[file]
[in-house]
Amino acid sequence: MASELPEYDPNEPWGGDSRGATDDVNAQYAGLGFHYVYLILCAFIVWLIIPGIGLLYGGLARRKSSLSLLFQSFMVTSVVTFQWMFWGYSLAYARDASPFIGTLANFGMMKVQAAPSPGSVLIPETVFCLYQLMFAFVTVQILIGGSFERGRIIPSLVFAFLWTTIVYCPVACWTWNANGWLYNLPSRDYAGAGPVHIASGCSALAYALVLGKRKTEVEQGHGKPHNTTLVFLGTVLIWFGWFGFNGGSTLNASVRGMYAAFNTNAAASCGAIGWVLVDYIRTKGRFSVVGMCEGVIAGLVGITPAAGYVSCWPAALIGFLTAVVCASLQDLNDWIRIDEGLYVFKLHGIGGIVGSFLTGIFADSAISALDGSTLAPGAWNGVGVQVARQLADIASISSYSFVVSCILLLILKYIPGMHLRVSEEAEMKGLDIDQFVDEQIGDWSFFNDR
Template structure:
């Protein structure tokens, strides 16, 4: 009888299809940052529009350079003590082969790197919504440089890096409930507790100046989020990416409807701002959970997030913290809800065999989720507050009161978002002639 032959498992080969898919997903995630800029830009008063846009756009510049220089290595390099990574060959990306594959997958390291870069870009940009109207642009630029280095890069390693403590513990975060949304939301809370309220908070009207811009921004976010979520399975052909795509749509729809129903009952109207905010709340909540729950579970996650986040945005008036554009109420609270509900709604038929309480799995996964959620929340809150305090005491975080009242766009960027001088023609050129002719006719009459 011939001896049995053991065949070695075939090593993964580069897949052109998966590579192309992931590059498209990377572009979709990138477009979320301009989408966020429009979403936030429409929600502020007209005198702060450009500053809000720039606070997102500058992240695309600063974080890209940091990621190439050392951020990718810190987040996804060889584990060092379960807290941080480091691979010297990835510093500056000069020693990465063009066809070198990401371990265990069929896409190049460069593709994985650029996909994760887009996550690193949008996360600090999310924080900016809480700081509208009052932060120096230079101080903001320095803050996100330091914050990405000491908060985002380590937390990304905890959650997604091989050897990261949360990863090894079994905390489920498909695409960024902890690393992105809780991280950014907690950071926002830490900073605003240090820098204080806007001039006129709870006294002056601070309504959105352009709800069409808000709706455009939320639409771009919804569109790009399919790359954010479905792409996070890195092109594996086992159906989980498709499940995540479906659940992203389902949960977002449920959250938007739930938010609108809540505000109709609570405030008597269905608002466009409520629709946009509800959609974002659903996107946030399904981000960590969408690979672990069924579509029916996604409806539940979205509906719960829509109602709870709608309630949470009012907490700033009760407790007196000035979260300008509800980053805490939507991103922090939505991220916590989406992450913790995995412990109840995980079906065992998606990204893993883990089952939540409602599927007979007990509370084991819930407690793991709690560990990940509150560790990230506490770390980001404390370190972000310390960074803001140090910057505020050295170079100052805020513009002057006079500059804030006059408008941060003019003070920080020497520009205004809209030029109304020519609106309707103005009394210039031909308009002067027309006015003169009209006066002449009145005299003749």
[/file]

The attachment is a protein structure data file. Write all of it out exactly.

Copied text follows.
[in-house]
Amino acid sequence: MASELPEYDPNEPWGGDSRGATDDVNAQYAGLGFHYVYLILCAFIVWLIIPGIGLLYGGLARRKSSLSLLFQSFMVTSVVTFQWMFWGYSLAYARDASPFIGTLANFGMMKVQAAPSPGSVLIPETVFCLYQLMFAFVTVQILIGGSFERGRIIPSLVFAFLWTTIVYCPVACWTWNANGWLYNLPSRDYAGAGPVHIASGCSALAYALVLGKRKTEVEQGHGKPHNTTLVFLGTVLIWFGWFGFNGGSTLNASVRGMYAAFNTNAAASCGAIGWVLVDYIRTKGRFSVVGMCEGVIAGLVGITPAAGYVSCWPAALIGFLTAVVCASLQDLNDWIRIDEGLYVFKLHGIGGIVGSFLTGIFADSAISALDGSTLAPGAWNGVGVQVARQLADIASISSYSFVVSCILLLILKYIPGMHLRVSEEAEMKGLDIDQFVDEQIGDWSFFNDR
Template structure:
């Protein structure tokens, strides 16, 4: 009888299809940052529009350079003590082969790197919504440089890096409930507790100046989020990416409807701002959970997030913290809800065999989720507050009161978002002639 032959498992080969898919997903995630800029830009008063846009756009510049220089290595390099990574060959990306594959997958390291870069870009940009109207642009630029280095890069390693403590513990975060949304939301809370309220908070009207811009921004976010979520399975052909795509749509729809129903009952109207905010709340909540729950579970996650986040945005008036554009109420609270509900709604038929309480799995996964959620929340809150305090005491975080009242766009960027001088023609050129002719006719009459 011939001896049995053991065949070695075939090593993964580069897949052109998966590579192309992931590059498209990377572009979709990138477009979320301009989408966020429009979403936030429409929600502020007209005198702060450009500053809000720039606070997102500058992240695309600063974080890209940091990621190439050392951020990718810190987040996804060889584990060092379960807290941080480091691979010297990835510093500056000069020693990465063009066809070198990401371990265990069929896409190049460069593709994985650029996909994760887009996550690193949008996360600090999310924080900016809480700081509208009052932060120096230079101080903001320095803050996100330091914050990405000491908060985002380590937390990304905890959650997604091989050897990261949360990863090894079994905390489920498909695409960024902890690393992105809780991280950014907690950071926002830490900073605003240090820098204080806007001039006129709870006294002056601070309504959105352009709800069409808000709706455009939320639409771009919804569109790009399919790359954010479905792409996070890195092109594996086992159906989980498709499940995540479906659940992203389902949960977002449920959250938007739930938010609108809540505000109709609570405030008597269905608002466009409520629709946009509800959609974002659903996107946030399904981000960590969408690979672990069924579509029916996604409806539940979205509906719960829509109602709870709608309630949470009012907490700033009760407790007196000035979260300008509800980053805490939507991103922090939505991220916590989406992450913790995995412990109840995980079906065992998606990204893993883990089952939540409602599927007979007990509370084991819930407690793991709690560990990940509150560790990230506490770390980001404390370190972000310390960074803001140090910057505020050295170079100052805020513009002057006079500059804030006059408008941060003019003070920080020497520009205004809209030029109304020519609106309707103005009394210039031909308009002067027309006015003169009209006066002449009145005299003749």